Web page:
3 Ways Tax Law Changes Will Affect Alimony in South Carolina Divorces
Written by: Megan Dell
On December 22, 2017, President Trump signed the Tax Cuts and Jobs Act of 2017 into law, which made tax law changes to the Internal Revenue Code. Some of those changes became effective on January 1, 2019.
Alimony is money paid by one spouse to another after their divorce. Unless otherwise negotiated, these payments have been deductible to the paying spouse and taxable to the receiving spouse. For example, if a husband has paid $1,000 per month to his wife, he has usually deducted $12,000 per year from his gross income and his wife has paid taxes on the $12,000.
The new law changed how alimony is taxed. South Carolina divorce lawyers can not negotiate deductibility when resolving the case. There are three ways the tax law changes will affect alimony in South Carolina divorces:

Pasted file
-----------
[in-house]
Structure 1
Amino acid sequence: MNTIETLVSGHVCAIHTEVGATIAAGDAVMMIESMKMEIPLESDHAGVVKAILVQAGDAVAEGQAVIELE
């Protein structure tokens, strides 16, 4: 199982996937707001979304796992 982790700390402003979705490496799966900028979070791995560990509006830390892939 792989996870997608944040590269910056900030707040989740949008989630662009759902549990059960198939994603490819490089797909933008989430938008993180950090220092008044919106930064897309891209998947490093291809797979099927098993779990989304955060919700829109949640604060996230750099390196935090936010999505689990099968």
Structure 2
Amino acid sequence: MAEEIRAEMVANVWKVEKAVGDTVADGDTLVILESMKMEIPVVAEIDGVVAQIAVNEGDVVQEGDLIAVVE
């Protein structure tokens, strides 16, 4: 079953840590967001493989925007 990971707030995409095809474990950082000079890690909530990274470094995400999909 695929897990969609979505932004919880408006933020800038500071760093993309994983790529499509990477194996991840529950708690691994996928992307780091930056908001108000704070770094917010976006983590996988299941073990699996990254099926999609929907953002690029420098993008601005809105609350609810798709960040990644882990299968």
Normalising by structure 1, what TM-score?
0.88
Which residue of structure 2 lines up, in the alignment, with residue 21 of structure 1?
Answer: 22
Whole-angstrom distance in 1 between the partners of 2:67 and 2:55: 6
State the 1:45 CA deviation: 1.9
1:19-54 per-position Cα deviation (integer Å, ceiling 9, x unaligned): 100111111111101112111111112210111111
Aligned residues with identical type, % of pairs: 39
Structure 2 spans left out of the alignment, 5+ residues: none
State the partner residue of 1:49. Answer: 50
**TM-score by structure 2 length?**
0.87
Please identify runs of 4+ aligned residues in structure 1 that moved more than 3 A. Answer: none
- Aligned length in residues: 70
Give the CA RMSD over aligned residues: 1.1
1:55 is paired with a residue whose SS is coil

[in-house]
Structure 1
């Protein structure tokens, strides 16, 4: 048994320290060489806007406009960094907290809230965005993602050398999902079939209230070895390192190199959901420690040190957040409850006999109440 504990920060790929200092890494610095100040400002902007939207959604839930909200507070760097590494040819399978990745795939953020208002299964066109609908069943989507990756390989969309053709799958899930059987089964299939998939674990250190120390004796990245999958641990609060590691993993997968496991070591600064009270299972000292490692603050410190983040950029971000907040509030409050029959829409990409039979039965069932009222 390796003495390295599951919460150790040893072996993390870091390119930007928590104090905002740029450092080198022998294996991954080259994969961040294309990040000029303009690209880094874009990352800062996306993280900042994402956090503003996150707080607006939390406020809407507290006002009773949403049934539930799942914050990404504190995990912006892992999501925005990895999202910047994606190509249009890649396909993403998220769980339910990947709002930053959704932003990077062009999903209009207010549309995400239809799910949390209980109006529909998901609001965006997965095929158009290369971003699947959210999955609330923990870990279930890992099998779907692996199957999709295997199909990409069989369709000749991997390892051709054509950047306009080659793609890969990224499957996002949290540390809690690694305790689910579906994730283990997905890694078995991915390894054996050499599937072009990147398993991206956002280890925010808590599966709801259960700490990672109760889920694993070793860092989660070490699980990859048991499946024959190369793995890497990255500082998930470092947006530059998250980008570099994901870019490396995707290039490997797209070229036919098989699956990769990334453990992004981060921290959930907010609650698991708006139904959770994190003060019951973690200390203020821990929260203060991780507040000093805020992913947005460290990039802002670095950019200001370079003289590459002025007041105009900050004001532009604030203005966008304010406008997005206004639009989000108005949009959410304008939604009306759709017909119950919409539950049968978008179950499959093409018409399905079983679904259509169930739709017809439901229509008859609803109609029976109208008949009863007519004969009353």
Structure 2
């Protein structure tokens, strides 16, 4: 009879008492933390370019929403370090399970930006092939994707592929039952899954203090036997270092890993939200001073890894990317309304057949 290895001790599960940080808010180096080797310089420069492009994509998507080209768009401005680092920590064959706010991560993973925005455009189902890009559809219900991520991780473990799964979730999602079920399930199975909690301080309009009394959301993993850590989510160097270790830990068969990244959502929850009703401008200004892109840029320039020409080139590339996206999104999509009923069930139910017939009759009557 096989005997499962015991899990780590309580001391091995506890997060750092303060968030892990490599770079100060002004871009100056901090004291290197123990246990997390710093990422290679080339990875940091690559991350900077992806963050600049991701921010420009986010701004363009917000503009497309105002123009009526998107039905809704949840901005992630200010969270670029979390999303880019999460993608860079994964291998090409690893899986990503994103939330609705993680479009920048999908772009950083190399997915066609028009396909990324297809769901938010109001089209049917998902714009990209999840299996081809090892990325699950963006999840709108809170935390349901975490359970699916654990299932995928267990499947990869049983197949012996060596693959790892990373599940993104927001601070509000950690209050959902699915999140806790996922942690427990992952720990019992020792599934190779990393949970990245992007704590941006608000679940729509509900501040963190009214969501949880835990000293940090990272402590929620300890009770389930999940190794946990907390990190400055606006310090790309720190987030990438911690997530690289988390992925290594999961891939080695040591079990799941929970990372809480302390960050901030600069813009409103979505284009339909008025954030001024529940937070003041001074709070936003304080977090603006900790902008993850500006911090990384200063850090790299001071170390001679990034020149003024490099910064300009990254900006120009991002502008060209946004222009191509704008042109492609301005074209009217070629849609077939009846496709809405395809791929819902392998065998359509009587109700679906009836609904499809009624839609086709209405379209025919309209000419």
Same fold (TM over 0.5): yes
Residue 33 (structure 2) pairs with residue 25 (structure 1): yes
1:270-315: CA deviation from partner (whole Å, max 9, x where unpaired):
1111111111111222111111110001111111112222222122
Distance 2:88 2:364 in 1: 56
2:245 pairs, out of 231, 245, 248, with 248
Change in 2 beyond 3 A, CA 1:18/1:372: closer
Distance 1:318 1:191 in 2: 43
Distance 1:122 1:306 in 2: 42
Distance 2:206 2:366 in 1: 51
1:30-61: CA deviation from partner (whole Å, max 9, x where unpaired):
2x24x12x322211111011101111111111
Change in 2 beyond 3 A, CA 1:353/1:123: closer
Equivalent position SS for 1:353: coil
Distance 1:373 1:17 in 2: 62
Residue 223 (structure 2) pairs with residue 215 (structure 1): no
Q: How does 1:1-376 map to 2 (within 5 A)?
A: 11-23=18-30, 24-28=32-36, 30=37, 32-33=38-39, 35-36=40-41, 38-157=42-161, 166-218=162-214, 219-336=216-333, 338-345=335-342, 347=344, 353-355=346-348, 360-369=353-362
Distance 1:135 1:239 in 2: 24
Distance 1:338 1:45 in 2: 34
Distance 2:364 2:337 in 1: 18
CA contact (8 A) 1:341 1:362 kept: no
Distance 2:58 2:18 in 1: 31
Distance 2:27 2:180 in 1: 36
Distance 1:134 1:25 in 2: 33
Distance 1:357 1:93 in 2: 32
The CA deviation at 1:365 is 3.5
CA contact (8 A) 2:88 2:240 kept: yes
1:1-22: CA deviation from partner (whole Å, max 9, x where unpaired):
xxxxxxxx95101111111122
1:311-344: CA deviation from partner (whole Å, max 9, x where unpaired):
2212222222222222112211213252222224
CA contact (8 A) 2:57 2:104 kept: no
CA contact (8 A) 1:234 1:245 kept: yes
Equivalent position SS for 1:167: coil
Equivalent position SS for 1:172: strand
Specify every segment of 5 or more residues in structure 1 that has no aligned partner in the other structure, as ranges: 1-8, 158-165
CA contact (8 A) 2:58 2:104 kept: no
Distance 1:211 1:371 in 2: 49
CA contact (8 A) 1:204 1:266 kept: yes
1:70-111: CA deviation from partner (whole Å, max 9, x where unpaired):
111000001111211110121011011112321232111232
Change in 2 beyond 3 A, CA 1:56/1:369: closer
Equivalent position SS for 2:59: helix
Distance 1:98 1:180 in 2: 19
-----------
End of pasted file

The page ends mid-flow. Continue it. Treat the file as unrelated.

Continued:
1. Divorcing spouses who are negotiating alimony will — collectively — pay more in taxes than before.
2. The increased tax burden will leave less negotiating room, making alimony cases harder to resolve.
3. Alimony amounts will lower than before.
The changes included in the Tax Cuts and Jobs Act of 2017 apply only to alimony obligations entered after December 31, 2018. Alimony orders entered prior to that date have not changed.
To negotiate the best resolution for your case in light of the tax law changes, get advice from a lawyer who understands how the tax changes will affect alimony in your South Carolina divorce.